This world map, considered the greatest memorial of medieval cartography, was produced between 1457 and 1459 by the Italian monk Fra Mauro. It is a circular planisphere drawn on parchment, oriented to the south, and mounted on a wooden stretcher frame around 6.5 feet (2 m) in diameter.
The map was commissioned by King Afonso V of Portugal. Fra Mauro created it without leaving his monastery, assisted by Andrea Bianco, a sailor and cartographer who was also from Italy.
They put together this large world map using information from expeditions carried out by Chinese and Arab sailors across the Indian Ocean. They may have even copied from maps that Marco Polo himself had brought back to Venice from China.
Since part of Japan appears on the map, there are theories that Chinese and Arab expeditions had reached the Pacific Ocean …
… and also the Atlantic, with the island of Madagascar, the Cape of Good Hope, and the west coast of Africa also shown.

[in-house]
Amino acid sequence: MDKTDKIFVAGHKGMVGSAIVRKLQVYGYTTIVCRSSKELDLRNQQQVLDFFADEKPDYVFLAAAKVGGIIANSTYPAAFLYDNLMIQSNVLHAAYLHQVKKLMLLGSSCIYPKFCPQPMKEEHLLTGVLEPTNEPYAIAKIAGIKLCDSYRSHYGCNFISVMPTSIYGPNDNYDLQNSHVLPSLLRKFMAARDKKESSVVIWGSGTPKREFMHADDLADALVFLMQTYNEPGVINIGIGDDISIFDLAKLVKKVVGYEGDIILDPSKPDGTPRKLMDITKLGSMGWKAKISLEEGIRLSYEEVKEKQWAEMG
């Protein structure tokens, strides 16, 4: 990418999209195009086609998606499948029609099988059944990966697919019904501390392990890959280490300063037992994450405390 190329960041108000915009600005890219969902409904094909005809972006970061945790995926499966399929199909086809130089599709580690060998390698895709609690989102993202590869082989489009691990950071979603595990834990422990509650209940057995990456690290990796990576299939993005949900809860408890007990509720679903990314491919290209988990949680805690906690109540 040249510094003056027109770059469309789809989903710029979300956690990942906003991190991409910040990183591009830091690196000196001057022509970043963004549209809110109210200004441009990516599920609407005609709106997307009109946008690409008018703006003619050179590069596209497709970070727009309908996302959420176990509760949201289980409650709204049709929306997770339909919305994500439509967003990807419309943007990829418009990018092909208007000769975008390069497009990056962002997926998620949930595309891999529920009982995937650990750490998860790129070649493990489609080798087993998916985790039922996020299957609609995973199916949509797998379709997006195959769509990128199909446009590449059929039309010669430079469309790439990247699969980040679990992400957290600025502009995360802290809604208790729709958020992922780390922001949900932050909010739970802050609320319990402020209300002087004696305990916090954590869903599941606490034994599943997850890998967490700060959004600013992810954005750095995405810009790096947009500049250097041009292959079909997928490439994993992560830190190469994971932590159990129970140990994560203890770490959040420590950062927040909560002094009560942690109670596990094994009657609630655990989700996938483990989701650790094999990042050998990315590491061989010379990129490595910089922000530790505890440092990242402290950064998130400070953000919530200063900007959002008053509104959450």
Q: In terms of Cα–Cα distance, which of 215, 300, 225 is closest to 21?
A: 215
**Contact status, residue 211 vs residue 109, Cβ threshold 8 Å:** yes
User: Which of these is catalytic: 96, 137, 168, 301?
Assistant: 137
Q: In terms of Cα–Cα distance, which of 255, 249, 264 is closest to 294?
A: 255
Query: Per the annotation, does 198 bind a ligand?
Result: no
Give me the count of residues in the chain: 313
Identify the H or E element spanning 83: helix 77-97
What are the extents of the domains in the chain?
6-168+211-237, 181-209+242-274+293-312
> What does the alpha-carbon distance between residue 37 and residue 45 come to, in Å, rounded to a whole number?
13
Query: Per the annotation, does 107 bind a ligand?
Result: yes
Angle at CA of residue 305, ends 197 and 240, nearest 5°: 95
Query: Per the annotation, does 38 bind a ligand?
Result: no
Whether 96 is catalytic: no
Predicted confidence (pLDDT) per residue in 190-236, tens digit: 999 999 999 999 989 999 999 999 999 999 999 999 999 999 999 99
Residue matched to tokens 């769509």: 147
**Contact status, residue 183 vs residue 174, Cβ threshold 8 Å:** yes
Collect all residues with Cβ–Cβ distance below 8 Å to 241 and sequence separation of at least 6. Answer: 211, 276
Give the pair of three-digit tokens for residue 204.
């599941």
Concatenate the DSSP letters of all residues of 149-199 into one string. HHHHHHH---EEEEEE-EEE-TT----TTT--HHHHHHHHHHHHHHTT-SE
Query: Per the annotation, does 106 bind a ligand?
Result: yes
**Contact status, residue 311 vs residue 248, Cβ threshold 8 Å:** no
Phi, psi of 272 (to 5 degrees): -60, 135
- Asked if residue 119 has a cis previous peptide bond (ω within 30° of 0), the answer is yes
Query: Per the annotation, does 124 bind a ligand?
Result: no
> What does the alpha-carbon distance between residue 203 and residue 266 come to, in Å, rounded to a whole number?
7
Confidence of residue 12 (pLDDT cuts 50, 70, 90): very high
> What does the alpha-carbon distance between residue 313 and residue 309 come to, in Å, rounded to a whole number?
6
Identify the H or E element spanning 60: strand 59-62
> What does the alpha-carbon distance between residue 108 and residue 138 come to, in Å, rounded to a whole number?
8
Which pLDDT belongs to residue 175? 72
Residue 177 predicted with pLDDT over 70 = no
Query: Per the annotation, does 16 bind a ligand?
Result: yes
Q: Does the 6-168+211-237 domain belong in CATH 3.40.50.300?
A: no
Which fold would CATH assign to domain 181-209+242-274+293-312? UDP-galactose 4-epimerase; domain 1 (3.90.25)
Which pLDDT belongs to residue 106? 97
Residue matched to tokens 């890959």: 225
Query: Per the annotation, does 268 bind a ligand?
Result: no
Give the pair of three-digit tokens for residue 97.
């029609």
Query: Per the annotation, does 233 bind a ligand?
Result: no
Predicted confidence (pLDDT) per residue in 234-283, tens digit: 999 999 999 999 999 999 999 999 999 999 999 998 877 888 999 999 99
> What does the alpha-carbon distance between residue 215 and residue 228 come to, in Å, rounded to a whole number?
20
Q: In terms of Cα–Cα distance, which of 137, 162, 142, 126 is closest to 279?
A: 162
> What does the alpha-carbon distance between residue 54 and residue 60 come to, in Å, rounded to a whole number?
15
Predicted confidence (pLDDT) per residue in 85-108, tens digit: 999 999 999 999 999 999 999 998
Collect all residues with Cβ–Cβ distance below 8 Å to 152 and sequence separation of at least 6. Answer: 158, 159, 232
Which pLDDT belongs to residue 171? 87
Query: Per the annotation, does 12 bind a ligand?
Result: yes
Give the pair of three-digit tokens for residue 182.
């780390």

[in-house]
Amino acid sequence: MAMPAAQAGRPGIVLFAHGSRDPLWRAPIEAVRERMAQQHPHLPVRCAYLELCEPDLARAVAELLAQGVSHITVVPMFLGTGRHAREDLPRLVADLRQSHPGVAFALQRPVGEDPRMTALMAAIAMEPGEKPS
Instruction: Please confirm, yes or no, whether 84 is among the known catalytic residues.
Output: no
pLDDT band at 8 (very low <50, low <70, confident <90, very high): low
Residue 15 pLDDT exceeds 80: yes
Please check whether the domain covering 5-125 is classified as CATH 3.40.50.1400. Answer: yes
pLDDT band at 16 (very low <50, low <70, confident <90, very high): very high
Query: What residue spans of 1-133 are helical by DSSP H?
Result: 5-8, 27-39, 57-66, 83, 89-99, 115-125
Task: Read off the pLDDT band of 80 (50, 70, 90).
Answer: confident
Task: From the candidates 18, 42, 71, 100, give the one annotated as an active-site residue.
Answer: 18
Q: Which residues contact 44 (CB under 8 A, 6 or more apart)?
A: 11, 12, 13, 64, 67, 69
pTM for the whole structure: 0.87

This map precedes the Portuguese nautical charts that show the tip of Africa. The Portuguese did not round the Cape of Good Hope until Bartolomeu Dias' expedition in 1488. The west coast of Africa, on the other hand, is not as well defined as the east coast, with a river mouth at the level of the Gulf of Guinea.
The map was completed on April 24, 1459 and sent to Portugal, but has since been lost. Fra Mauro died two years later, while he was making a copy of the map for the Signoria of Venice (the highest governing body in the former Republic of Venice). The copy was finished by Andrea Bianco.
Fra Mauro's mappa mundi by Fra MauroOriginal Source: Museo Correr
Text: Adaptation of the Spanish National Geographic Institute Library (BIGN) text for the catalog "The maps and the first world tour".